Jon Lieber, head of Eurasia Group's coverage of political and policy developments in Washington, shares his perspective on US politics.
What are the implications of the Trump indictment?
Former President Trump has now been indicted for a second time in the last several months, this time by federal prosecutors who are investigating a case of mishandled documents, a very serious crime in federal law. There are several questions that are going to make a difference here, though.
The first is the timing. How quickly can Trump have a trial? Does it happen quickly in the next six months or so, in which case it will land right in the middle of the Republican nominating process? Or is he able to delay the process until after well into next year, potentially after the 2024 presidential election? The implications of those two scenarios are very different for the former president. If it's a quick trial, this is going to be the dominant issue and he may actually be potentially found guilty and sent to jail before the election. If it's a later trial, this is probably just more background noise, and it doesn't affect him as directly.
The second question is, can the DOJ find a jury that is unbiased? This is the most famous man in the world, everyone knows who he is, everyone has an opinion about him, are they going to be able to find a jury that can fairly prosecute this case? If they can't, Trump may be able to claim a mistrial and we may have a long, drawn-out process here of appeals.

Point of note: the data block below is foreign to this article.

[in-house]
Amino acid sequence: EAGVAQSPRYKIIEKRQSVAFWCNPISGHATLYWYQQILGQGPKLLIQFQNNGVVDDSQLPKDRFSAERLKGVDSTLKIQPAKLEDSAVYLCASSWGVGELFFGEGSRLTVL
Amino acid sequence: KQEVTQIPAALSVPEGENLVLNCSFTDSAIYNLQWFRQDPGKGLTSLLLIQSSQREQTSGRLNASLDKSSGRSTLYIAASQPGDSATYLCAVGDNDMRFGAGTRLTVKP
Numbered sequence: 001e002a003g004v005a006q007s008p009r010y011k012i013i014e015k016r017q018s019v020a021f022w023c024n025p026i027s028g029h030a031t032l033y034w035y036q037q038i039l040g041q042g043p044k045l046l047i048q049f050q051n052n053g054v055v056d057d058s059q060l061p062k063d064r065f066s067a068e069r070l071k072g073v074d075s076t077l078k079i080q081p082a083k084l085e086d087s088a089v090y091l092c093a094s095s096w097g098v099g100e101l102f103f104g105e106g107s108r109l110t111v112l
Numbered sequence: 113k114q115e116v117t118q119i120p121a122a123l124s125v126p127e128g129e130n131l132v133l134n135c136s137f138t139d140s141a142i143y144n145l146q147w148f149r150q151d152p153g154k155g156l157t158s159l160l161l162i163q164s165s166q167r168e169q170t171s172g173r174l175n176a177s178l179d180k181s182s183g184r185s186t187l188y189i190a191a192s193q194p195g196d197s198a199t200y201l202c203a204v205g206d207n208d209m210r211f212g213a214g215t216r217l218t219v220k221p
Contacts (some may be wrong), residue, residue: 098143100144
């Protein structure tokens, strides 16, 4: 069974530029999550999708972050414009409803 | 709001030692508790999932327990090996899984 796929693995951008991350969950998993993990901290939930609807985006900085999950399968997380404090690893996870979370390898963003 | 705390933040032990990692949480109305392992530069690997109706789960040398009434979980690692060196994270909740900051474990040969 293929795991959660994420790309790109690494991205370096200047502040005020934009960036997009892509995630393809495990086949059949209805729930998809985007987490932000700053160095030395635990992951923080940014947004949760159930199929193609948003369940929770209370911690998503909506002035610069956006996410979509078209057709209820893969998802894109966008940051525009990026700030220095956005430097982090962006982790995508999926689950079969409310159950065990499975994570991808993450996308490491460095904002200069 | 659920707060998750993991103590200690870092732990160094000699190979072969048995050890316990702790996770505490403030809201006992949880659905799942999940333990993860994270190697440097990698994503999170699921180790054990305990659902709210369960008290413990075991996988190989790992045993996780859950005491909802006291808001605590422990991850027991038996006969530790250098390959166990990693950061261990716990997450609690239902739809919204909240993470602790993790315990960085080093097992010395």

The third question is, what does this mean for Trump in the presidential primary? It probably makes him stronger. You have, even Republicans like Virginia Governor Glenn Youngkin coming out and attacking the DOJ for these charges, and what we saw after Trump was indicted in New York was that his approval ratings within the Republican Party and his polling lead over his closest rival, Ron DeSantis, went up.
The fourth question is, what does this mean for law enforcement long-term? On the one hand, the special counsel bringing these charges proves that no man is above the law and holds Trump accountable for what seemed like very serious and plausible violations of federal law. On the other hand, you have one of America's two major political parties making broadside attacks against the Department of Justice and federal law enforcement, which is going to erode trust in those institutions over a long-time frame, no matter how just and righteous the charges against President Trump might end up being. Thanks for watching.
This has been US politics in (a little over) 60 Seconds.